If you have fairly straightforward estate planning needs and intend to leave everything you own to your spouse, you might be interested to learn more about “I love you wills.” While they might be a good idea for some, however, it’s important to understand potential disadvantages to using this kind of last will as well. What follows is a basic overview of “I love you wills.”
What is an 'I love you will'?
Plainly put, an “I love you will” is a type of last will and testament used primarily by married couples through which each spouse leaves his or her entire estate to the other, and often, then to their children. The simple will language reads something like the following:
“Upon my death, I leave my entire estate to my spouse, and upon the death of my spouse, our assets go to our children.”
Seems easy enough, right? It can be, but there are always several factors to consider when writing a will, and especially if you are considering an “I love you will.”
Who would use an 'I love you will'?
Although this type of will can be used by anyone, it is most often utilized by married couples who have basic estate planning needs—that is, couples who have modest estates worth well under the state and federal estate tax limits and who have decided they have no need to use living trusts.
Advantages of 'I love you wills'
The biggest plus to drafting an “I love you will” is its simplicity—how much easier to understand can you get than a one-line last will and testament? Such a will would also certainly cut down on costs associated with drafting the document.
Another advantage to an “I love you will” is that the parties involved know exactly what will happen to their assets upon death, although certainly this is the case with any well-drafted will. After all, a major benefit of having any kind of will is the peace of mind you and your loved ones gain by knowing everything will be taken care of according to your wishes after you're gone.
Disadvantages of 'I love you wills'
Unfortunately, even when there are no estate tax considerations, because of the value of the estate, the price to pay for the simplicity of “I love you wills” is that they may not take into account other intangible factors, including the following:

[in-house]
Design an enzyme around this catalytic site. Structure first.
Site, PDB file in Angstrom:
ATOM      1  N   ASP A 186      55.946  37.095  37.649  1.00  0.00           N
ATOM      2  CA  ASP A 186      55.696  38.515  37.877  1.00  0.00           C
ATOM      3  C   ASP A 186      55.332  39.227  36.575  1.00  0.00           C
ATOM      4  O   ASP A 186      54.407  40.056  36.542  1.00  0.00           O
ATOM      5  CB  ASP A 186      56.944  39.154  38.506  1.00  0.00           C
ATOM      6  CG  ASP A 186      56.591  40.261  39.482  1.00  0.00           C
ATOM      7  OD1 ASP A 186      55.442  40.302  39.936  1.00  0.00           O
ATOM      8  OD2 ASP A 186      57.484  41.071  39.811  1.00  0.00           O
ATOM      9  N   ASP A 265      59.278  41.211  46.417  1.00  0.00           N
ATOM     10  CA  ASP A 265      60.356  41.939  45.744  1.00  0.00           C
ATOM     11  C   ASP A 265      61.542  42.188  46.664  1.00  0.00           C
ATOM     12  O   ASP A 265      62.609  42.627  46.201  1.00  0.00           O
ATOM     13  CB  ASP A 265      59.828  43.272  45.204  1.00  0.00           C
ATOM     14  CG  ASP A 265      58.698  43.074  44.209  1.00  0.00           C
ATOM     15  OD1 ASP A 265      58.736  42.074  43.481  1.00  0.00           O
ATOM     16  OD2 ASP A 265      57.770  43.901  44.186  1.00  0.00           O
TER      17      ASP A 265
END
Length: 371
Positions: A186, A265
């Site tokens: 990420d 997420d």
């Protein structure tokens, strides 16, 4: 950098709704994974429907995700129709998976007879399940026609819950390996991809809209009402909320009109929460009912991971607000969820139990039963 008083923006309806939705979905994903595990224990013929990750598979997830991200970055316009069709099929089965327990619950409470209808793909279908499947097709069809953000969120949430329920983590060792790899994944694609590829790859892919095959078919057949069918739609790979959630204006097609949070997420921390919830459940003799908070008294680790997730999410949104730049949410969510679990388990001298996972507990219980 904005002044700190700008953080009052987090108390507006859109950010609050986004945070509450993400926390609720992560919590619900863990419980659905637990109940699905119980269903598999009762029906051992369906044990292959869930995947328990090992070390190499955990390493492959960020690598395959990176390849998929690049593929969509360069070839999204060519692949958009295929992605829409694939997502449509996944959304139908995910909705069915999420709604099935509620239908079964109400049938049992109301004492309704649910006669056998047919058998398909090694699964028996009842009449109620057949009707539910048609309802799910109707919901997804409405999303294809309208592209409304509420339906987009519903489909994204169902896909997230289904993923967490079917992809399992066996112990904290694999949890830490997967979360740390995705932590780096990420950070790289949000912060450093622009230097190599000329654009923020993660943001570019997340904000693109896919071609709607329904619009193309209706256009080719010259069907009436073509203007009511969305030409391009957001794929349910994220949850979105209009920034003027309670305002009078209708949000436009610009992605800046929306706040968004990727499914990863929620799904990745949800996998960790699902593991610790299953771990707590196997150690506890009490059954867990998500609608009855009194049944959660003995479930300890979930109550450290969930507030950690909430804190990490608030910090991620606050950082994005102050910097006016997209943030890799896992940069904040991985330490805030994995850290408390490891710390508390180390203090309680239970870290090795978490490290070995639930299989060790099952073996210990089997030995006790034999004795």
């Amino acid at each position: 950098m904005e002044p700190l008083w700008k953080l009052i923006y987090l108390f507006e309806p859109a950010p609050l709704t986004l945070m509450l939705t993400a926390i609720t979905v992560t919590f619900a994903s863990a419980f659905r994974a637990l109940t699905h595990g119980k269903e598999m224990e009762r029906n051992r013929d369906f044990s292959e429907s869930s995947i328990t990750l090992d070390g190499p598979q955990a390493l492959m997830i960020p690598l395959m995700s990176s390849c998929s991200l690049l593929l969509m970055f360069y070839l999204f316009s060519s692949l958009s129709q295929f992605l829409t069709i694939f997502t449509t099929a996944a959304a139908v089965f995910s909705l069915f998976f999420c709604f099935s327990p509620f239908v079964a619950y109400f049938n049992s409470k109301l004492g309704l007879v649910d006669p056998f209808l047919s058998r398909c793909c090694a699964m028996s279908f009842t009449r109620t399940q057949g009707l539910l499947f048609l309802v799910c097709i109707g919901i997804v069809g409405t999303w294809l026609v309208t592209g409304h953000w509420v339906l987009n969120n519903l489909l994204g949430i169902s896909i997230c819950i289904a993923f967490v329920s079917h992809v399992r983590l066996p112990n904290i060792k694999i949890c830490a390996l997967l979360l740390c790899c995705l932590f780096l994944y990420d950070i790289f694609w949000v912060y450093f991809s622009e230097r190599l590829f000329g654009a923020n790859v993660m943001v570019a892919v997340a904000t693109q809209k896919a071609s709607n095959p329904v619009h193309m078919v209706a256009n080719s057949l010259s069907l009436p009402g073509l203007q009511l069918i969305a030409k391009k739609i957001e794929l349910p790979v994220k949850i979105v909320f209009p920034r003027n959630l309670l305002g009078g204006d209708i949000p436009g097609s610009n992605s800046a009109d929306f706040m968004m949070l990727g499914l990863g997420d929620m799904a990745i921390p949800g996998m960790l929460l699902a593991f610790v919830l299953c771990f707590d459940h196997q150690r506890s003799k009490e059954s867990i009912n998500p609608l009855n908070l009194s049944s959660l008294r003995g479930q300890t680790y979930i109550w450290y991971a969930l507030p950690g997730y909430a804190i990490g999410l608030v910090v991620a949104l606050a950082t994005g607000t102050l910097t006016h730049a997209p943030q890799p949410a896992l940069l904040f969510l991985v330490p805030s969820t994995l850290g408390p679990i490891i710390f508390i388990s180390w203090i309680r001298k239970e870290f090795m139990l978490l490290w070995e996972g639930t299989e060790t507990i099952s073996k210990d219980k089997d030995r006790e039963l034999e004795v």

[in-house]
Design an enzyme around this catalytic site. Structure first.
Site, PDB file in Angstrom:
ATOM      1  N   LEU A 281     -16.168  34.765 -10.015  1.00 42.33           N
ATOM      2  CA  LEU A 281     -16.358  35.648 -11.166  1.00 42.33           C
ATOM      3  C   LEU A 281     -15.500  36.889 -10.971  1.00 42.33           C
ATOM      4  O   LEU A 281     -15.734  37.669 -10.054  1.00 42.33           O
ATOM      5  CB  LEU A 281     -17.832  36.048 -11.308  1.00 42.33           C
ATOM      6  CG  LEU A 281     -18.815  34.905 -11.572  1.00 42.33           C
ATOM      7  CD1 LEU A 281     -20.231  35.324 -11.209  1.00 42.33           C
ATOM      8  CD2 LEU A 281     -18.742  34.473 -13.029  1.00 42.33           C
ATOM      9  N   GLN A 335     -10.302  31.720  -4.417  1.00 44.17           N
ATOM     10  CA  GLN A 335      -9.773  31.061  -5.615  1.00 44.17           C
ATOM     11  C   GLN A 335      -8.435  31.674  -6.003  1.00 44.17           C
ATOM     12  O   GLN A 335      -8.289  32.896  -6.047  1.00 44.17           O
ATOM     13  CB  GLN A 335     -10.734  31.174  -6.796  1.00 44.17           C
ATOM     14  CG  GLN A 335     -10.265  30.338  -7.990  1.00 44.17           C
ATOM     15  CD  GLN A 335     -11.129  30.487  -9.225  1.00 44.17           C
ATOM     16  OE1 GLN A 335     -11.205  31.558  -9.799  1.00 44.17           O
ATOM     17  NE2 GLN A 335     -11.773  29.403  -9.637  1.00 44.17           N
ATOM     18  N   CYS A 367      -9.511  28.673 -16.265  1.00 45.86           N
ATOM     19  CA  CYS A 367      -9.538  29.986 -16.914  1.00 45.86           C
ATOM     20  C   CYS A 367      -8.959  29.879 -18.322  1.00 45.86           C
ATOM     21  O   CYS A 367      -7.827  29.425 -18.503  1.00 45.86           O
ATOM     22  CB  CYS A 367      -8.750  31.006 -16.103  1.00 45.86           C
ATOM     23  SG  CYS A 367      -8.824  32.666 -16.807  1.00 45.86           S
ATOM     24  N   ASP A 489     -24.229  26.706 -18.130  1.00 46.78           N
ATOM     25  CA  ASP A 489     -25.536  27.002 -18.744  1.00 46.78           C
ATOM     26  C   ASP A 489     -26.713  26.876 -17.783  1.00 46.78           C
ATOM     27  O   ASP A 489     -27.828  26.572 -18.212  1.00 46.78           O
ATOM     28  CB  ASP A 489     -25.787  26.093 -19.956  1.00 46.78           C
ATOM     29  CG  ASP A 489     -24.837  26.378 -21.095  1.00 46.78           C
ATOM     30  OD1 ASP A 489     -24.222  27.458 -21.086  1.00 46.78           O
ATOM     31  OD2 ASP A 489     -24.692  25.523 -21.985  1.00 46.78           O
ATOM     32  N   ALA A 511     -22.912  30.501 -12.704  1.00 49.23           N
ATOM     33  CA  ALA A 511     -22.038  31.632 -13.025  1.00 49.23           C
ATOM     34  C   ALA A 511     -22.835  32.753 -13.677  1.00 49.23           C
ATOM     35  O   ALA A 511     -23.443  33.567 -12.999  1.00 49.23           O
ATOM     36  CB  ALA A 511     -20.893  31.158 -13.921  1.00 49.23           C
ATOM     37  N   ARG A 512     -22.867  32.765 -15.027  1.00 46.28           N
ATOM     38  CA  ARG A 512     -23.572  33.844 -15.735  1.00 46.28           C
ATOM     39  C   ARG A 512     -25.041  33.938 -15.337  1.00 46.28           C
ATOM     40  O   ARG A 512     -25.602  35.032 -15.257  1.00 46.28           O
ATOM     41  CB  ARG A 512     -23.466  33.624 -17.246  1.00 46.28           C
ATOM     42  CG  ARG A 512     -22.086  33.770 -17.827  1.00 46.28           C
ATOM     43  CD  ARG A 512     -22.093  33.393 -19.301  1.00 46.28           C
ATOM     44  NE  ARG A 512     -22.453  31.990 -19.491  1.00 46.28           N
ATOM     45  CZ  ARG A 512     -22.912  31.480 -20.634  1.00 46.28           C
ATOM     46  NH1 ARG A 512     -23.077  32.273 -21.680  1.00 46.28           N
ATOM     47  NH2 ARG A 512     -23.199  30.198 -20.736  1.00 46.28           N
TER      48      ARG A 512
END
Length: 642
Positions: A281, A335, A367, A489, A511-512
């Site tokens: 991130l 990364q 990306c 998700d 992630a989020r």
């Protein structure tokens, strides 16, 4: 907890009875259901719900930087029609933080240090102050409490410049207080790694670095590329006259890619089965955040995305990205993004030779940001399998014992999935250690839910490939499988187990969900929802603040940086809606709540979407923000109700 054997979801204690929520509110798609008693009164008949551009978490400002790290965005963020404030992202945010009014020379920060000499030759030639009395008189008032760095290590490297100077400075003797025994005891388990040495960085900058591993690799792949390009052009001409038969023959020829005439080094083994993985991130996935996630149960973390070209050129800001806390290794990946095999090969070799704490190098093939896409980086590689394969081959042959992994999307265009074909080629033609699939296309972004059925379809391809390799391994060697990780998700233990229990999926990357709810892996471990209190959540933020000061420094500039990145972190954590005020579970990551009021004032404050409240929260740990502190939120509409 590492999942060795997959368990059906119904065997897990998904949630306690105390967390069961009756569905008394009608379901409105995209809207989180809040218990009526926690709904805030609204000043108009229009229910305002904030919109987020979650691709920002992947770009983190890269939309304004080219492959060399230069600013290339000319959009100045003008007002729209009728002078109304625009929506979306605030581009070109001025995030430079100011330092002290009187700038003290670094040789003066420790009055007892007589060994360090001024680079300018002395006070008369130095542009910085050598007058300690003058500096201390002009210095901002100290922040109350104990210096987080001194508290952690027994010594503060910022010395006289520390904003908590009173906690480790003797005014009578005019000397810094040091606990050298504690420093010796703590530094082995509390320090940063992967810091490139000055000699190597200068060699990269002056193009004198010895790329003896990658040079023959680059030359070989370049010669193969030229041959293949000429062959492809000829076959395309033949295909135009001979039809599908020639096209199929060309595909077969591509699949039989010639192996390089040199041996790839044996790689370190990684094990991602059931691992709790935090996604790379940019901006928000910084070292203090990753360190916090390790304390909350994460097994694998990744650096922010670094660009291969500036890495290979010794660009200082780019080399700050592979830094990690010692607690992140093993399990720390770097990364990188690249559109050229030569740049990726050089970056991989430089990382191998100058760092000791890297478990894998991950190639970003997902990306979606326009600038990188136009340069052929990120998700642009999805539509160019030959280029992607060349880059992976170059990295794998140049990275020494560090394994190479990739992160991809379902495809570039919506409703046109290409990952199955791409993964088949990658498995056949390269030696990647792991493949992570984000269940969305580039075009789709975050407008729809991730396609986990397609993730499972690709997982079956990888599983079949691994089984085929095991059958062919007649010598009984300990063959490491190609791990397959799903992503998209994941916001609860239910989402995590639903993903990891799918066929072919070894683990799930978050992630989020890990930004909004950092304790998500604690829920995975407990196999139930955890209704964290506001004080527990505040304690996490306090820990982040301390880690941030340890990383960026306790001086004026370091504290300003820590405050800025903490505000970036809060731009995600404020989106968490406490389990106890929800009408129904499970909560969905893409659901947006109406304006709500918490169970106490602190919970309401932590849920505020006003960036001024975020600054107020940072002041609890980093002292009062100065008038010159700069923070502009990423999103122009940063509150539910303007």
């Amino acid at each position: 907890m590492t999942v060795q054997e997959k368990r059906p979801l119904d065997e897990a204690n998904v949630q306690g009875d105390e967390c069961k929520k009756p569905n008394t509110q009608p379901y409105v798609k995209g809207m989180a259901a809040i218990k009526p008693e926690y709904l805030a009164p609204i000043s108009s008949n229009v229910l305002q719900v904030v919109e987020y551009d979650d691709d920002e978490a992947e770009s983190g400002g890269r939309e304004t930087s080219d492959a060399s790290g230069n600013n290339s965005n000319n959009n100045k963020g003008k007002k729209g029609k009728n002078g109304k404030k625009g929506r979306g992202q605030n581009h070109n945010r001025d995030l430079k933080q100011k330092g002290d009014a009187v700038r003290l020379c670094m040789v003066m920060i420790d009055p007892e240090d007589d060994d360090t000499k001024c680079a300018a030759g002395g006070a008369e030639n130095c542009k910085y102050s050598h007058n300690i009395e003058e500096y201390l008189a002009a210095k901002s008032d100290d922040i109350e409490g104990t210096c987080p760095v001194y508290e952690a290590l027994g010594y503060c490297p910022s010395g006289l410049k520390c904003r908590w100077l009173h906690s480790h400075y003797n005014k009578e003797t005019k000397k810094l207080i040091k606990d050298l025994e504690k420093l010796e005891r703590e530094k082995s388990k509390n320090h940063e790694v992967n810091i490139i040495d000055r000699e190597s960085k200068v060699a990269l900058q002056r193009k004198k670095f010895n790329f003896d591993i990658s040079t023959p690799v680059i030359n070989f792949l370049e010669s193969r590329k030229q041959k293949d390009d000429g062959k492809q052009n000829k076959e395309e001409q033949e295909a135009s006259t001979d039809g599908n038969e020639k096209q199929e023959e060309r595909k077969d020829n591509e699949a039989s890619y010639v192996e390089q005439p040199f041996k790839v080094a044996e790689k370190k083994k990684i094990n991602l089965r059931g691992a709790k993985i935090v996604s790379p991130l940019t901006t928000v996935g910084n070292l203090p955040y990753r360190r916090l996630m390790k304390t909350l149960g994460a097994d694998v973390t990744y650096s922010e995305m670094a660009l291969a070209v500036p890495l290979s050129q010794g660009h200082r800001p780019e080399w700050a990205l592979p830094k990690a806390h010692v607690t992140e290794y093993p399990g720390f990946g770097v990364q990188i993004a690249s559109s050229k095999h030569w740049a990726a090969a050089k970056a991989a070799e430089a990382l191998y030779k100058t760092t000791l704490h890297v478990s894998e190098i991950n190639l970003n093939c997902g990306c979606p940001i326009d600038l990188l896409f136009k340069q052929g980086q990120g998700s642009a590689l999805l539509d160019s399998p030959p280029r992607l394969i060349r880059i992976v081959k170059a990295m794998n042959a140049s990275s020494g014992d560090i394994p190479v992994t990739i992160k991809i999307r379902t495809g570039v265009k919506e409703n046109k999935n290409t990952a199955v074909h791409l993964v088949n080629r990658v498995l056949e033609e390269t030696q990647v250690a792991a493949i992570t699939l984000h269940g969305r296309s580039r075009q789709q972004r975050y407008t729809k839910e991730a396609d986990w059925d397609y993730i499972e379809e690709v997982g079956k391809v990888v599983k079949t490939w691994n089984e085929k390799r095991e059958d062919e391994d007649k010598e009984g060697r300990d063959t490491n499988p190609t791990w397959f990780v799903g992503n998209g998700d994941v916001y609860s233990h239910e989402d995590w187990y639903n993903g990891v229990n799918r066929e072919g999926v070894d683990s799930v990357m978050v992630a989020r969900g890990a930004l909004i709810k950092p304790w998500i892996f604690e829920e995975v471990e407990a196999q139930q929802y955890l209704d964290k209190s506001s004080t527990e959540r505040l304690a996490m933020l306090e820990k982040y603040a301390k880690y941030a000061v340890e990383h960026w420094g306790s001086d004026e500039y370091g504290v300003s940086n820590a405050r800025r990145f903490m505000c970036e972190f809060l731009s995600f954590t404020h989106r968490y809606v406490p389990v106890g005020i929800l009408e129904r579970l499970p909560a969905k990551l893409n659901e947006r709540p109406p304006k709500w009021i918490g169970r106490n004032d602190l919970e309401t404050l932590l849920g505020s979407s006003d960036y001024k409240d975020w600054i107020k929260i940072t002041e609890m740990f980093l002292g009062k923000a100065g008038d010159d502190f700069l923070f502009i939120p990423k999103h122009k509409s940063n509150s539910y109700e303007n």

- Probate: Because an “I love you will” is just like any other will, it must go through probate, the court-supervised process of the distribution of assets, in order for your loved ones to receive anything from your estate.
- Privacy: A will is public record, so if you want your estate details to remain private, an “I love you will” won’t accomplish that.
- Other provisions: If you have minor children, for instance, your “I love you will” does not name a guardian for them. Your pets also would not be provided for through an “I love you will.”
On the other hand, all three of these concerns can be adequately handled through the use of trusts, whether they are revocable, irrevocable, or AB/ABC trusts for married individuals.
Time to make a will?
When you are ready to make a will, be sure to consider all the relevant factors, especially tax consequences, before deciding on the type of estate planning that is best for you—it just may end up being an “I love you will” for the time-being.
Whatever you choose, remember that it’s important to revisit your will annually to make sure you have provided for any change in circumstances such as births, deaths, marriages and divorces among your loved ones. Only then can your last will and testament truly provide the peace of mind regarding the distribution of your assets that it should.
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